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5 December 2013 11:26 am ,
Vol. 342 ,
Dyslexia, a learning disability that hinders reading, hasn't been associated with deficits in vision, hearing, or...
Exotic, elusive, and dangerous, snakes have fascinated humankind for millennia. They can be hard to find, yet their...
Researchers have sequenced and analyzed the first two snake genomes, which represent two evolutionary extremes. The...
Snake venoms are remarkably complex mixtures that can stun or kill prey within minutes. But more and more researchers...
At age 30, Dutch biologist Freek Vonk has built up a respectable career as a snake scientist. But in his home country,...
Since arriving on the island of Guam in the 1940s, the brown tree snake ( Boiga irregularis ) has extirpated native...
An animal rights group known as the Nonhuman Rights Project filed lawsuits in three New York courts this week in an...
Researchers have been hot on the trail of the elusive Denisovans, a type of ancient human known only by their DNA and...
- 5 December 2013 11:26 am , Vol. 342 , #6163
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ScienceShot: Bird Flies 10,000 Kilometers Without Stopping
8 October 2013 2:45 pm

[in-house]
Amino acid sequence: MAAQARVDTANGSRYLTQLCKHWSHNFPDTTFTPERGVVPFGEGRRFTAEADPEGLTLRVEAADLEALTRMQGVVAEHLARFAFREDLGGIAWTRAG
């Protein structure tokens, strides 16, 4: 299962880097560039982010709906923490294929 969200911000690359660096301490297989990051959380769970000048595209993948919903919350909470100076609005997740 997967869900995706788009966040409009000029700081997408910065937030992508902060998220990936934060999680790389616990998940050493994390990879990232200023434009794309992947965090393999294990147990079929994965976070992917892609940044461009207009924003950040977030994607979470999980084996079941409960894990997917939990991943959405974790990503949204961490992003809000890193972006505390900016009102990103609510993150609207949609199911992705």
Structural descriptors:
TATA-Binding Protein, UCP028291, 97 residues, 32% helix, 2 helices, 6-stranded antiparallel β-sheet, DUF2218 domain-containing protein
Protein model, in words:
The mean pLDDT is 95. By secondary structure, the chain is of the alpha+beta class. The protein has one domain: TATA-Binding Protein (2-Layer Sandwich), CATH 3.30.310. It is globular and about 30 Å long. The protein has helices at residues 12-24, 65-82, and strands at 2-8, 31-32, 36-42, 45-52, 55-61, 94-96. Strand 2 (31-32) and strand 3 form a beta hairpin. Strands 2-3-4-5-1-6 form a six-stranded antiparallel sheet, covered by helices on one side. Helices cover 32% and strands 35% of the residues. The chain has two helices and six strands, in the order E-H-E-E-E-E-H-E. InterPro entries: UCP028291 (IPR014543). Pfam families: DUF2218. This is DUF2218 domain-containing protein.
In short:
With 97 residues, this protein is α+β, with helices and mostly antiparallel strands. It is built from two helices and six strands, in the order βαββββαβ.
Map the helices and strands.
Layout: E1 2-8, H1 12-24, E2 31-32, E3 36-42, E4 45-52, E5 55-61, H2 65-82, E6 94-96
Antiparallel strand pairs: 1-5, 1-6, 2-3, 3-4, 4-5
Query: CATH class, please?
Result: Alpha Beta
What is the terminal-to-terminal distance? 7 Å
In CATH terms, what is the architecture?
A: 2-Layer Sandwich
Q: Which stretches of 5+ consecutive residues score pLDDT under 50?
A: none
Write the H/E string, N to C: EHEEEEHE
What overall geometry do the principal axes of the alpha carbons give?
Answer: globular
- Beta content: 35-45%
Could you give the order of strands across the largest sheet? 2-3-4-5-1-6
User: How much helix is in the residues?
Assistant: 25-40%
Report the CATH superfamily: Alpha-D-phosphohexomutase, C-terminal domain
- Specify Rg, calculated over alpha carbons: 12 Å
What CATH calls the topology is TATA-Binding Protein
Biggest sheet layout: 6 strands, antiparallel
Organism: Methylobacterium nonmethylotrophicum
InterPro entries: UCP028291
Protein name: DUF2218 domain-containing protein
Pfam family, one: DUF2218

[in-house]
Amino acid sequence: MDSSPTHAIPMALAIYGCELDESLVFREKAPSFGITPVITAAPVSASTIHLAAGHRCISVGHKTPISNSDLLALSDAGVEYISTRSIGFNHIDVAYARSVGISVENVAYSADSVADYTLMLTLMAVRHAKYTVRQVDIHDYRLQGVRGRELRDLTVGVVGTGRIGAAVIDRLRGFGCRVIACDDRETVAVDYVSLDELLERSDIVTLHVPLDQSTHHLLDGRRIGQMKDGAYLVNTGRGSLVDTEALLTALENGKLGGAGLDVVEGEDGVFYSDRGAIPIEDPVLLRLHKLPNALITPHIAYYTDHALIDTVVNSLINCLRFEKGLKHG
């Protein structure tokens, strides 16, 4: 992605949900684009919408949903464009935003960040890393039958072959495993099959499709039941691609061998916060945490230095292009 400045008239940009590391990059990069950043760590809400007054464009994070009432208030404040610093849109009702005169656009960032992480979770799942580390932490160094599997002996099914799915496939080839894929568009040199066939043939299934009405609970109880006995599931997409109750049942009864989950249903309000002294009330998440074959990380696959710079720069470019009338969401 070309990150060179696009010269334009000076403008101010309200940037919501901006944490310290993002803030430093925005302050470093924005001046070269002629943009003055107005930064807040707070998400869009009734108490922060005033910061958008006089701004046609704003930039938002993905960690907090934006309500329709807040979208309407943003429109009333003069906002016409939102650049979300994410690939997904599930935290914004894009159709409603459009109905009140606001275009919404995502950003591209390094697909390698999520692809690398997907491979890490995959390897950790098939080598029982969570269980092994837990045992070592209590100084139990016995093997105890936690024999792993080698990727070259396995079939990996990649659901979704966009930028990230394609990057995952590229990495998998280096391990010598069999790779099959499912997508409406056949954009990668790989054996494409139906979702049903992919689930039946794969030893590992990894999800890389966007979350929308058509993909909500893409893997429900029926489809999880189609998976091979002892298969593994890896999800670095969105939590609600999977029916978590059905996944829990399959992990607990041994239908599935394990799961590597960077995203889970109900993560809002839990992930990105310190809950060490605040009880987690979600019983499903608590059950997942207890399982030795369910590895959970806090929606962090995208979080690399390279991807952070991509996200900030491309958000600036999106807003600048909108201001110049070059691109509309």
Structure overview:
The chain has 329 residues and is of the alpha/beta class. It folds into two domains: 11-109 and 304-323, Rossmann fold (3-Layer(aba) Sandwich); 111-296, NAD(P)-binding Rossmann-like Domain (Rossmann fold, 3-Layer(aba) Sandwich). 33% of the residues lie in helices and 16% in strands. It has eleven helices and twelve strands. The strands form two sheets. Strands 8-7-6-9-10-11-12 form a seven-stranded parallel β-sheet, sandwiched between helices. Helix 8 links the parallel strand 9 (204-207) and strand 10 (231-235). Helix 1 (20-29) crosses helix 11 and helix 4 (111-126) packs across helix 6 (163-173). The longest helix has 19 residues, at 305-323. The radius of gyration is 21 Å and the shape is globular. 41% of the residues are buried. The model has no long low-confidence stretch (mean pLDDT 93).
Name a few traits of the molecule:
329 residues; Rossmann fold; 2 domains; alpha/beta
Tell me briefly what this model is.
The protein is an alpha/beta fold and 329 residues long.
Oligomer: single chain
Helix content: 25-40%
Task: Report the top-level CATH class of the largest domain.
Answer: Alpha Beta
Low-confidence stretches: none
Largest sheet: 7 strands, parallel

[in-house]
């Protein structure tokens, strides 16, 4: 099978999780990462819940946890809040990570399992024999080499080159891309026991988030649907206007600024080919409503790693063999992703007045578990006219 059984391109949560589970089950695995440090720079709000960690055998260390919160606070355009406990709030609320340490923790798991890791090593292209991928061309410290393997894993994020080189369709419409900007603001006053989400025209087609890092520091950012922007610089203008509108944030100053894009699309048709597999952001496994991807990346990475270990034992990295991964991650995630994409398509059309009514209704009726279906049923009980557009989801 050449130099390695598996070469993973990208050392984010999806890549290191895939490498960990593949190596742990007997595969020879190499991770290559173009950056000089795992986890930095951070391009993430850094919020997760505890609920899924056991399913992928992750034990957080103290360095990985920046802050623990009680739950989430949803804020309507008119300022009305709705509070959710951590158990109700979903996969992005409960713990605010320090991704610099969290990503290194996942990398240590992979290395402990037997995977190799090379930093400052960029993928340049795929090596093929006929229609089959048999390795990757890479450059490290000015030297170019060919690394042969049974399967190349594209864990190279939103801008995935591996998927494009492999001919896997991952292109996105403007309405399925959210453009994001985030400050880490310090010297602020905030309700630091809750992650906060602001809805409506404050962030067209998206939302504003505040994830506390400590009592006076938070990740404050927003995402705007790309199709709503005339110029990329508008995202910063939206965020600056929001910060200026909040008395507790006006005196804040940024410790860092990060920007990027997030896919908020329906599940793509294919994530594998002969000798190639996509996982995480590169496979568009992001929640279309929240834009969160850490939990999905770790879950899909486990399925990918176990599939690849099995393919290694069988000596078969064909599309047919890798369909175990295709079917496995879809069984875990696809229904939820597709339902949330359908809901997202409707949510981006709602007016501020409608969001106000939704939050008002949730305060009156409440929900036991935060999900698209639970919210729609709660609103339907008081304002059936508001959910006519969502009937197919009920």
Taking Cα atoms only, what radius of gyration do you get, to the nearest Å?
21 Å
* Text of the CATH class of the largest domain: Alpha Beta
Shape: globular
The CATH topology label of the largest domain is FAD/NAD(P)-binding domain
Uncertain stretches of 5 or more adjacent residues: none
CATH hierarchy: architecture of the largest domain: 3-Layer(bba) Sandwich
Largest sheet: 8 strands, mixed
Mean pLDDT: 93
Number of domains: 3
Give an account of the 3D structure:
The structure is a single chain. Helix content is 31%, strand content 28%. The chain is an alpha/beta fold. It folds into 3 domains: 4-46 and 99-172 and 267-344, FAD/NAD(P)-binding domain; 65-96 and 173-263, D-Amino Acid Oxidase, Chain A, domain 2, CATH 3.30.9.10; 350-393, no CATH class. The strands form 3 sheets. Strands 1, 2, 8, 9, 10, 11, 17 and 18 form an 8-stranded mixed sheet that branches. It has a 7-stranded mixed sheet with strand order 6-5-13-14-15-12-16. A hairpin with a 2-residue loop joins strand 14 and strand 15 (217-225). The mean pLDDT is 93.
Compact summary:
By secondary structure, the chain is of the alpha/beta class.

Talk about a long flight. The Alpine swift (Tachymarptis melba) can remain on the wing for more than 6 months, a new study suggests. These 20-centimeter-long, insect-eating birds breed in mountains ranging from southern Europe to the Himalayas. In 2011, researchers strapped tiny instrument packages on six swifts to track their activity during their winter migration to western Africa. Those instruments measured the intensity of light (which, by detecting sunrise and sunset, allowed researchers to infer each bird’s latitude and longitude) and used accelerometers to gauge the animals’ activity level during a 3.2-second window every 4 minutes, day or night. The team recovered three of the sensor-laden swifts in spring 2012, when the birds returned to Europe for the nesting season. Analyses revealed that the swifts never settled to roost while in Africa, not even to rest after their 2000-kilometer migration, the researchers report today in Nature Communications. At night, even though the birds' body position didn't change very much, their activity level suggested they were gliding, not resting on a perch—which strongly suggests that the birds were catching a bit of shuteye while aloft. During the course of their African jaunt, and as much as 200 days spent aloft, the birds likely flew a total of 10,000 kilometers, the researchers estimate. Stretched into a straight line, that distance is about one-fourth of the way around Earth’s equator.